As for not having access to consistent coaching, there are still ways to access the wisdom and assistance of others in your quest to become a better horseman or woman. Join Facebook groups dedicating to training and riding. There’s one group in particular—“Ask the Trainers”—that does not allow for anyone other than an approved instructor or trainer answer your question. Be prepared to send them some video and then try to implement their suggestions. Come back later when you think you’ve got it and ask for follow-up feedback. Such groups are free of charge and can be enormously helpful.
If you have the money to spend on it, purchase books by trainers your respect, and don’t forget to consult the old masters of horsemanship, dating in some cases all the way back to the fourth century, B.C. You can also join online classes. A helpful place to start searching for these is YouTube. A lot of content will be offered for free, but if you find a trainer you really like, you can sign up for additional material for a nominal fee. Enter raffles or sweepstakes for the opportunity to ride with different instructors and trainers, even if it seems like a discipline outside of your area of interest. You never know what you might find useful from another style of riding to apply your particular discipline.
Sometimes, an eye on the ground is very helpful, even if that person isn’t a certified instructor. Ask a riding buddy to watch your turn on the forehand and confirm that your horse is indeed crossing his outside foreleg in front rather than behind the inside one. Have them watch you from directly behind to ensure that your shoulder-in is on three tracks rather than four. Ask for your ground person to film you so you can watch it later and critique your own riding or post to a group in Facebook for feedback (only do this if you have tough skin, as keyboard warriors are alive and well in all Facebook groups, including the horsemanship ones!).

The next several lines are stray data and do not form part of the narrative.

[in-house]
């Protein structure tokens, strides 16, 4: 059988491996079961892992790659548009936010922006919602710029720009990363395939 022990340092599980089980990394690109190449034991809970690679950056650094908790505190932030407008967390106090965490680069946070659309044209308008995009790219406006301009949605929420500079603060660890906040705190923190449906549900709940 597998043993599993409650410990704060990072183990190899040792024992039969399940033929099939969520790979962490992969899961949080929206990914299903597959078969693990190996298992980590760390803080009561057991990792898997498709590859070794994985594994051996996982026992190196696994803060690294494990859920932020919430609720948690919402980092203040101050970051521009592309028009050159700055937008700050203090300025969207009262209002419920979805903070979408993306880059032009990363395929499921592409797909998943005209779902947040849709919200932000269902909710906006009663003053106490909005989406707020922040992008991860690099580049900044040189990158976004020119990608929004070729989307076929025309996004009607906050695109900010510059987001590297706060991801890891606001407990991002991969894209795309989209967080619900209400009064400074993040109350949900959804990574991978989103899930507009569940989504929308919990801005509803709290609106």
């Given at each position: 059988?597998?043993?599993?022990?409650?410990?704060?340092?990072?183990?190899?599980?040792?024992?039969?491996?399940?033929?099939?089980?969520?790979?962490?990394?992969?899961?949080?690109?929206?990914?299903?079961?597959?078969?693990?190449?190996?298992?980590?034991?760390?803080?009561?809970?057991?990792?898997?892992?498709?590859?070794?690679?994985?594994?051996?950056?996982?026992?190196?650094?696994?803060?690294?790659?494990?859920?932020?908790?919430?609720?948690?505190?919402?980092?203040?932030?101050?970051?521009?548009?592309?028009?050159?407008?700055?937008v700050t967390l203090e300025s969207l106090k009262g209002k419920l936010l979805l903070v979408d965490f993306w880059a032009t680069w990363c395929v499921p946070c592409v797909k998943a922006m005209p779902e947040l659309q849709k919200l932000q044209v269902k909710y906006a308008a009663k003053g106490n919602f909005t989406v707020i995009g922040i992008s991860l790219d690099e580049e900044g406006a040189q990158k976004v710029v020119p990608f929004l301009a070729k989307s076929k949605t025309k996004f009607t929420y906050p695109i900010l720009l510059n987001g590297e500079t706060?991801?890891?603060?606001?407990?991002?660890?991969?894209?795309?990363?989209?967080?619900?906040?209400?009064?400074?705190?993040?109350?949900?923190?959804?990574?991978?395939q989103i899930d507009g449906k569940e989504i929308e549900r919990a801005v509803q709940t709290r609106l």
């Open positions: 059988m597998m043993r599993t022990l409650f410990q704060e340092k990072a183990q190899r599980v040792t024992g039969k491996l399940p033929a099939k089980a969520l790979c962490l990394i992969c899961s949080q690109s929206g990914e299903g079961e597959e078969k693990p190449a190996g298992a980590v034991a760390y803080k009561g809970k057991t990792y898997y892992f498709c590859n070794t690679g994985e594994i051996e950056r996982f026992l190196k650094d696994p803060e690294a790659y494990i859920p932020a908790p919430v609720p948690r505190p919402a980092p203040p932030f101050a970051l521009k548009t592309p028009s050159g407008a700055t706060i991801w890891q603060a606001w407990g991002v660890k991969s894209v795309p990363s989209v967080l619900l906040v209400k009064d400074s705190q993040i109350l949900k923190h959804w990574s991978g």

If you have no riding buddies to rely on, there are many ways you can rely on yourself for feedback. Set up your phone or camcorder somewhere and practice in front of it so you can watch the video later and see what you may be doing wrong. Take a look at your hoof prints left in fresh snow or mud to see any irregularities in your horse’s gait and be sure that he is stepping under himself equally with both hind legs. Go riding just after sunrise or just before sunset when your shadow is sharp and easy to see so you can see what your position looks like and critique your horse’s silhouette as well. Ride with music that matches your horse’s gait and try to maintain the same rhythm for the length of a song. You can also download a free metronome to set to your horse’s gait and practice staying with it.
As horse ownership becomes more a sport for the rich to enjoy, the average Joe should still be able to find ways to make this sport their own. As you can see, there are many ways to make up for a lack of resources to be able to improve yourself almost as well as the folks with the endlessly deep pockets. Go out there and get creative, and let me know in the comments if there’s another trick you utilize to make up for lack of instruction or facilities!